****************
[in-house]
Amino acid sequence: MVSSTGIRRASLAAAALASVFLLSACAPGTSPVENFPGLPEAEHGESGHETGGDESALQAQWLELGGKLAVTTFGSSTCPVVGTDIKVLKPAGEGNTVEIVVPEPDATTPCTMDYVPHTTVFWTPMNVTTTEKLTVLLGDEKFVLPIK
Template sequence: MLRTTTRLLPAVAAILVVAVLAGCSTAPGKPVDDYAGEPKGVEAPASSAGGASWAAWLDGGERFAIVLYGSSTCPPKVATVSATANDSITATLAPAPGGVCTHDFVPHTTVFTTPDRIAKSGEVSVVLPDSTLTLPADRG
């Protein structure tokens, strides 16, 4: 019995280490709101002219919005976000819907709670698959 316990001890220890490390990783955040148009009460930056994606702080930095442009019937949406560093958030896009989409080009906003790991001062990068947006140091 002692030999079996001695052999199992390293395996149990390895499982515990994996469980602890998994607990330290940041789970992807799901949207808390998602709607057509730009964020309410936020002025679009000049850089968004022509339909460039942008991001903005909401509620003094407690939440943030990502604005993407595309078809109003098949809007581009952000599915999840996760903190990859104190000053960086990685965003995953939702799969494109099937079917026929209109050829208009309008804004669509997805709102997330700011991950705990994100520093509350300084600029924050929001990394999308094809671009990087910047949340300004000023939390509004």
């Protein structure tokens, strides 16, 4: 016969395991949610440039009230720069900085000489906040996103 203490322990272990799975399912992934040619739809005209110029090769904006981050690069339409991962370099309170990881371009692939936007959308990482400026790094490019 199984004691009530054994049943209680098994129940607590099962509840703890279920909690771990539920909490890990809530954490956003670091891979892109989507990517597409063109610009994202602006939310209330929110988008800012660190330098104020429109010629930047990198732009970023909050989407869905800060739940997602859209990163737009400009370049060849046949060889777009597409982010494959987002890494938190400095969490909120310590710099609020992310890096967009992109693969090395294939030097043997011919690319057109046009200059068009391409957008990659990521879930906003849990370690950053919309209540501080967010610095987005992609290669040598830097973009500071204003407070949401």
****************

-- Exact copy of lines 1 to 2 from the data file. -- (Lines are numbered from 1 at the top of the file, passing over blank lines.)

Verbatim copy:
[in-house]
Amino acid sequence: MVSSTGIRRASLAAAALASVFLLSACAPGTSPVENFPGLPEAEHGESGHETGGDESALQAQWLELGGKLAVTTFGSSTCPVVGTDIKVLKPAGEGNTVEIVVPEPDATTPCTMDYVPHTTVFWTPMNVTTTEKLTVLLGDEKFVLPIK